18. Paul R says:

    As a network engineer that makes his living dealing with the type of people that throw the middleware term around, I have to say I don’t agree with this definition. Middleware always seems to be represented as a message bus of sorts, not an abstraction layer. I don’t neccasarily agree with all the points of this definition, but it definitely describes what middleware should be. The unfortunate realty is that most deployments are not confined to being used as just plumbing, and people without real infeastructure knowledge try to use it to provide things like high availability and redundancy. These designs over complicate things, and should be avoided at all costs.

    Just my two cents, take it at that if you want.

    Paul R.

  19. MiddleWare says:

    Thanks for the definition. I work in middleware and I still can’t explain what I do to people. I feel like the guy in Office Space trying to explain his job to the consultants. “I make it so the engineers don’t have to talk to the sales people”.

  20. Gopi Krishna says:

    That is a nice explaination. I undertand what is a middle ware now.

  21. Adedoyin Afolabi says:

    Thanks for the explanation,i understand perfectly what middleware is now.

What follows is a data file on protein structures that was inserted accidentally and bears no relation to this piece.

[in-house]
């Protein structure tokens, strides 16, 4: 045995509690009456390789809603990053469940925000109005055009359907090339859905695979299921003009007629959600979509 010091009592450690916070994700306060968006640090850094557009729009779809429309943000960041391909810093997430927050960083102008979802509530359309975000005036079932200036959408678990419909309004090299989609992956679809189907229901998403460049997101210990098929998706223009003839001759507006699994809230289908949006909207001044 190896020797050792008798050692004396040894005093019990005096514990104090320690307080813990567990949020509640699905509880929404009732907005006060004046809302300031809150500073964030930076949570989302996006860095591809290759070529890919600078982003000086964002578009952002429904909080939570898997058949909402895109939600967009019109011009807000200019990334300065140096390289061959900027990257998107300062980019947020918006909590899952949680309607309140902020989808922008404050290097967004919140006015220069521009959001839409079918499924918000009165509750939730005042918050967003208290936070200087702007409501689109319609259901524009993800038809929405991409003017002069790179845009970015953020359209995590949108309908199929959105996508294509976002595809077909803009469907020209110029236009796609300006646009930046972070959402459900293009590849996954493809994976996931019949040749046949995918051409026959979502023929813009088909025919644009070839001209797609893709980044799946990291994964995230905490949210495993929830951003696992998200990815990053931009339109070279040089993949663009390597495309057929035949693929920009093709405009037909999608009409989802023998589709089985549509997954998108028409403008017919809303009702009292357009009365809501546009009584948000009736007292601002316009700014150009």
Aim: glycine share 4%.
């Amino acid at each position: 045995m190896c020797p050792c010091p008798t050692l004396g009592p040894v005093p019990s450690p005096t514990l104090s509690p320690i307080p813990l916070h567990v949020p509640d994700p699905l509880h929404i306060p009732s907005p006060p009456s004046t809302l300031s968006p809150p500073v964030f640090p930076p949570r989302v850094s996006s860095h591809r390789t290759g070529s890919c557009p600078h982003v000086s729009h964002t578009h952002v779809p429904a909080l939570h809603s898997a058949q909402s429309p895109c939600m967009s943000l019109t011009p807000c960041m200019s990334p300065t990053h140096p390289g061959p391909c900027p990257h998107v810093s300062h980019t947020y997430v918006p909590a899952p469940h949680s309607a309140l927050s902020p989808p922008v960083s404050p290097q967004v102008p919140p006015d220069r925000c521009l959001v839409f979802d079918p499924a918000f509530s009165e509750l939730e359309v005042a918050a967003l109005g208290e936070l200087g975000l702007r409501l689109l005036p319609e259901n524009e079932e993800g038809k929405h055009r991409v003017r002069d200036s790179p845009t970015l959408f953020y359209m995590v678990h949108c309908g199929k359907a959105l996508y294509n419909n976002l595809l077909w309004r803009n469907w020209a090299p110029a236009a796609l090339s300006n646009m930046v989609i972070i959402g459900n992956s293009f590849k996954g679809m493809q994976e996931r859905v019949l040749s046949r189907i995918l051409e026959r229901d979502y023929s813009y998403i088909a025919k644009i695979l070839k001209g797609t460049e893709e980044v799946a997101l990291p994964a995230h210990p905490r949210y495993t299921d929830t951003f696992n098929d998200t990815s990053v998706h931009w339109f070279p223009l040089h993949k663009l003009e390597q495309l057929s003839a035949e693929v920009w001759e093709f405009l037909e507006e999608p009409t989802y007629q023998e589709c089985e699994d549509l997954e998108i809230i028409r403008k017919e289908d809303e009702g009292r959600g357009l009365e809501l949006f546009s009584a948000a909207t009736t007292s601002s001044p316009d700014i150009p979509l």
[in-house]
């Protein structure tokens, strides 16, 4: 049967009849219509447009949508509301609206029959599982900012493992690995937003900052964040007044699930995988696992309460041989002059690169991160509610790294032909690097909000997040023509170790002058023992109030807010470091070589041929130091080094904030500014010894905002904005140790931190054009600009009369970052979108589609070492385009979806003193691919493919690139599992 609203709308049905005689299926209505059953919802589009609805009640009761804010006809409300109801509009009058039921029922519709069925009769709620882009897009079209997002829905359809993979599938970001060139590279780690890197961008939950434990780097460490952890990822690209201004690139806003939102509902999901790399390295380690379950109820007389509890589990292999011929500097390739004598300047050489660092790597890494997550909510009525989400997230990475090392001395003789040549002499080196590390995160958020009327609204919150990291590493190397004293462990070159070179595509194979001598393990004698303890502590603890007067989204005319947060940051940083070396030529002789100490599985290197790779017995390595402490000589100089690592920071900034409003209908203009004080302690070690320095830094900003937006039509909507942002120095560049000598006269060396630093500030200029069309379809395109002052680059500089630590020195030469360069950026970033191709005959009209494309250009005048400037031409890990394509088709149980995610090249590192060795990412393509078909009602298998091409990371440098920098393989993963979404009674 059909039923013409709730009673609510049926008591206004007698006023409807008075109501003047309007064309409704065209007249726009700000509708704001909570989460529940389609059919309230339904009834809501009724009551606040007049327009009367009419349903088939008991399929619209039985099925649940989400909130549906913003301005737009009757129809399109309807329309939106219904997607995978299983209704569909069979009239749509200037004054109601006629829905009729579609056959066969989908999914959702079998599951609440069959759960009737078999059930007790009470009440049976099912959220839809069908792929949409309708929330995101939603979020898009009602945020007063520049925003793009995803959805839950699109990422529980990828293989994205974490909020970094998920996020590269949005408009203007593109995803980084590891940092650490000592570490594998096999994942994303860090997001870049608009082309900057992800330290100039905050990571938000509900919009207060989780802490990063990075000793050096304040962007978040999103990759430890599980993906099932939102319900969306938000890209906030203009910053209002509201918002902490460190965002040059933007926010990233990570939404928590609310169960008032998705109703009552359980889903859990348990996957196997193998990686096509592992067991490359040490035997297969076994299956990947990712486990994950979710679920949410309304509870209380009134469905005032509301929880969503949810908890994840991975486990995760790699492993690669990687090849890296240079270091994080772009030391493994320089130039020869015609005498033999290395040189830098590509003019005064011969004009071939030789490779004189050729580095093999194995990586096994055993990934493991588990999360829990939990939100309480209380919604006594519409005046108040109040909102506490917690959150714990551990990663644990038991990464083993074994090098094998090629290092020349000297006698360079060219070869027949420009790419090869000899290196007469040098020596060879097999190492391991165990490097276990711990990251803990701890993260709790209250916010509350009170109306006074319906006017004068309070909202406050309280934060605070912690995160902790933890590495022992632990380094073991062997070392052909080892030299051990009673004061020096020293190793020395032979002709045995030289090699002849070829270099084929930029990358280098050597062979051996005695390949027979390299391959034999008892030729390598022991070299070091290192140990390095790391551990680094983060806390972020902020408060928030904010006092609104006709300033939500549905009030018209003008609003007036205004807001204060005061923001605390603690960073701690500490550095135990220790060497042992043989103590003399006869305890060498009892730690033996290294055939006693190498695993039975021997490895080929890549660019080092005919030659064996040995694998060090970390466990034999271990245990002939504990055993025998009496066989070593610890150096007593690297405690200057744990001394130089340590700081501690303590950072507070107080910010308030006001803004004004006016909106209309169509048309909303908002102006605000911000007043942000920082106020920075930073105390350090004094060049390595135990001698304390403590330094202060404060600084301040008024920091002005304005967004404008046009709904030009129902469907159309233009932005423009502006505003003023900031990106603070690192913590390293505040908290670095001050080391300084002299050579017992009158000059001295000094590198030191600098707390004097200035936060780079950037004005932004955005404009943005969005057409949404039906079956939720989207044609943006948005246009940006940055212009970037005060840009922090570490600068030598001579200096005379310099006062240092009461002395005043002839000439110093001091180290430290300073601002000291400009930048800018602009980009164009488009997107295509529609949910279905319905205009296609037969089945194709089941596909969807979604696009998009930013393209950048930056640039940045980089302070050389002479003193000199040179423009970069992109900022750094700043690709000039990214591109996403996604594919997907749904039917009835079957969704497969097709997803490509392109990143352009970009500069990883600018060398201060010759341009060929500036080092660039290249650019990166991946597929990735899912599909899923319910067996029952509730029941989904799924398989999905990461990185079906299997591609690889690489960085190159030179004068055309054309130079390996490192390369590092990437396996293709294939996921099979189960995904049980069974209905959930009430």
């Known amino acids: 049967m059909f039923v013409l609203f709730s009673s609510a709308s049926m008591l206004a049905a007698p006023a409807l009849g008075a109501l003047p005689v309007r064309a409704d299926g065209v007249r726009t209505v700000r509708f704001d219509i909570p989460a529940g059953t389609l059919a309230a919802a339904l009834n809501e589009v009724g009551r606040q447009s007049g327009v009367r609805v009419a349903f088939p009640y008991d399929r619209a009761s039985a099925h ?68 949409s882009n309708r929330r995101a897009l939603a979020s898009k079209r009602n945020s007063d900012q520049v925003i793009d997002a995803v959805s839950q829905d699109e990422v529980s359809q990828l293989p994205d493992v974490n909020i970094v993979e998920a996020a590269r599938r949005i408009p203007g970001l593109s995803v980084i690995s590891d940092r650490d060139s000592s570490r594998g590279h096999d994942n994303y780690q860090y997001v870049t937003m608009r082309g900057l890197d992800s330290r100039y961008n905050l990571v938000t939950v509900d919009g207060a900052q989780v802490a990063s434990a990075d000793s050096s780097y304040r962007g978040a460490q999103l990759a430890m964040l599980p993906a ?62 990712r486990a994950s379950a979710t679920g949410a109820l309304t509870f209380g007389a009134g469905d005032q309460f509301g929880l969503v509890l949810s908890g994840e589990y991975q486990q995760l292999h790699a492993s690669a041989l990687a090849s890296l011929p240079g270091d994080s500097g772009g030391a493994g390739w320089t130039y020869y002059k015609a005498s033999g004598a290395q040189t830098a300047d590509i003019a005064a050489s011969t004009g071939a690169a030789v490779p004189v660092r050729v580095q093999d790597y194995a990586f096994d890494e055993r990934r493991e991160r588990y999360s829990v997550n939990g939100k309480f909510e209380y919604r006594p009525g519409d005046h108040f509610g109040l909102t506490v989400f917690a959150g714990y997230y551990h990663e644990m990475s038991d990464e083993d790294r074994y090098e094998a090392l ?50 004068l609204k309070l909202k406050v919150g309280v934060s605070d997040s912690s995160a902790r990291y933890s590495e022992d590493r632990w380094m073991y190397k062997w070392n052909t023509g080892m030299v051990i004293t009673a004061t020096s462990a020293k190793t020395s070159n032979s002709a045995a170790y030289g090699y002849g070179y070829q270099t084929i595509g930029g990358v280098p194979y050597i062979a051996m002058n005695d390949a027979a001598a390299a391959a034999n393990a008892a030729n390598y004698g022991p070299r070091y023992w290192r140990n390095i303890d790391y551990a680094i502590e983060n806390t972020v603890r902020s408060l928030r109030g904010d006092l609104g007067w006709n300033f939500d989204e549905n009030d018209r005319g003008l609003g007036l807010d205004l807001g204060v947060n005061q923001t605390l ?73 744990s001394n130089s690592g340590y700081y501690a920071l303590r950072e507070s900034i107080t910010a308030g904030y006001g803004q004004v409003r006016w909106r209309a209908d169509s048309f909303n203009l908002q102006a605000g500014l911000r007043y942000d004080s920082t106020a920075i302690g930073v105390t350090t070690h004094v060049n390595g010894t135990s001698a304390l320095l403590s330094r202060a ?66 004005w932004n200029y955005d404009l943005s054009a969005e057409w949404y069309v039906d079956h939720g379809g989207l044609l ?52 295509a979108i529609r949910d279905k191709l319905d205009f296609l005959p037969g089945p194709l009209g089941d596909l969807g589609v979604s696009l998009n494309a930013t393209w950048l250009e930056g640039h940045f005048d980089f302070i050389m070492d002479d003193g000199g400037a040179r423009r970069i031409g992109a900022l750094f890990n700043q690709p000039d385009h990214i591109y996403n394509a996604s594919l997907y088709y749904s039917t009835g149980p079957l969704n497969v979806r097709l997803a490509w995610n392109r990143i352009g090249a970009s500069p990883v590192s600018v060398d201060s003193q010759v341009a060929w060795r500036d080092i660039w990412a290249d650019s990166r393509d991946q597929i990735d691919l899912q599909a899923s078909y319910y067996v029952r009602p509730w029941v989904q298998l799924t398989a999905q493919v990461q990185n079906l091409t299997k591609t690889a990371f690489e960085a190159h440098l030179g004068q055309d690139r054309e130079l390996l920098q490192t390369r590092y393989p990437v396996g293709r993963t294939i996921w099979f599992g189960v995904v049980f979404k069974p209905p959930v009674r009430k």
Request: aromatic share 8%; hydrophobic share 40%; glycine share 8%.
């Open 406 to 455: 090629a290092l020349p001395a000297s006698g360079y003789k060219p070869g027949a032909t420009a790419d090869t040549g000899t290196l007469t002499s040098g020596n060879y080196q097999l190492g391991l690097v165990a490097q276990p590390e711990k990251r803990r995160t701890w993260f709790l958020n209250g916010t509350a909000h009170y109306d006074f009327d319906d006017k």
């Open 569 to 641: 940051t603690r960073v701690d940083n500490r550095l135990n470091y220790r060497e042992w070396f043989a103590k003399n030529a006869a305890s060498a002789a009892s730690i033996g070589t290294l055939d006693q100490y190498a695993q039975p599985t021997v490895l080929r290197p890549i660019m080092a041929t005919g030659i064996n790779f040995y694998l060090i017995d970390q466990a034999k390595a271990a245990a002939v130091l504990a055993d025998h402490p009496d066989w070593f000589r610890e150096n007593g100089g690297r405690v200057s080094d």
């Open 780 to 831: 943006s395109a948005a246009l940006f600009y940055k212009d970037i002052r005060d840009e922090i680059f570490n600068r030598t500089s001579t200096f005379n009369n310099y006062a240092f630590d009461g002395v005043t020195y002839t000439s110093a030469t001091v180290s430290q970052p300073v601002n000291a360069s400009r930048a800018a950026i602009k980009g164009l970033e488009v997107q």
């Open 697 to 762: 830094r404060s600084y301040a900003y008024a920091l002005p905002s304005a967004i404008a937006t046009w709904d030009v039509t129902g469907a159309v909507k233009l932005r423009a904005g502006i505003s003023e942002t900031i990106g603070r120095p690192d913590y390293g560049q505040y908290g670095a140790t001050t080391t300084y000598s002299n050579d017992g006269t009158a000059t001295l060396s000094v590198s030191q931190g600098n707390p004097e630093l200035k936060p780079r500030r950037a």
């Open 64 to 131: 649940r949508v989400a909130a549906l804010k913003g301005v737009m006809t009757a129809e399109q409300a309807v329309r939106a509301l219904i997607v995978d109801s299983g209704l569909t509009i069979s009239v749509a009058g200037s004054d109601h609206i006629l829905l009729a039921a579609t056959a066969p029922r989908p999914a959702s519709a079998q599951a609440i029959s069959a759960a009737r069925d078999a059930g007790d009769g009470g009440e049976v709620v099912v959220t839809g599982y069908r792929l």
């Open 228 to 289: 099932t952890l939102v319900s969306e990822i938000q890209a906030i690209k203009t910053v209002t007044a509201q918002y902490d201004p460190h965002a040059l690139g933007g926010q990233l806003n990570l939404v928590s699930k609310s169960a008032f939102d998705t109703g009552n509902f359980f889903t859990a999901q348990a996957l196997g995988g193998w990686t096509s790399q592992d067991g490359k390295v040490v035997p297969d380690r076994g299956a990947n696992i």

22. Giri Guevara says:

    Middleware and Plumbing thats a good analogy.
    Well you could extend them to Lighting fixtures next time around

  23. Ugochi says:

    Thanks a billion, u are a mind reader!

  24. Pablo Endres’s Blog » Blog Archive » What is X in English please! says:

    […] Reading through the Red Hat Magazine I found an article with something of a Dejavu: user awareness and “education”. I’ve read it, heard it and said it a billion times; if we can’t make the users aware of the risks that they are exposed to on a daily basis, of some basic concepts, we are all screwed!. I bet all of you have lived at least once to be sitting in an class room, auditorium, web cafe or any other place and the guy or gal next to you just smacks you with the most basic of questions: What is X? in English please! That’s the moment when one of two things happen: […]

  25. Ольга says:

    Я тоже временами такое замечаю, но как-то ранее не придавала этому никакого значения.

  26. K.S.OMNATH says:

    A good and easy description.
    Thank 4 u to let me knew about the meaning of middleware.
    And i feel that the middleware is just like “AIR”.u may consider about this one..

  27. Noah says:

    This is an excellent article

  28. Margaret says:

    Thanks to Len for the valuable insight, and to all for the comments, especially TC’s reference to OSI. This article was helpful to me in the effort to scope how-to detect/log/reconcile changes made to applications in our production environment.

  29. dhyka says:

    Thank you for the down to earth explanation, it gives me a clear idea about middle ware.

  30. Bob Machin says:

    I’m very fond of analogies and this is a really good one. No chance that you might find time to do the same with the OSI model?

    all the best, Bob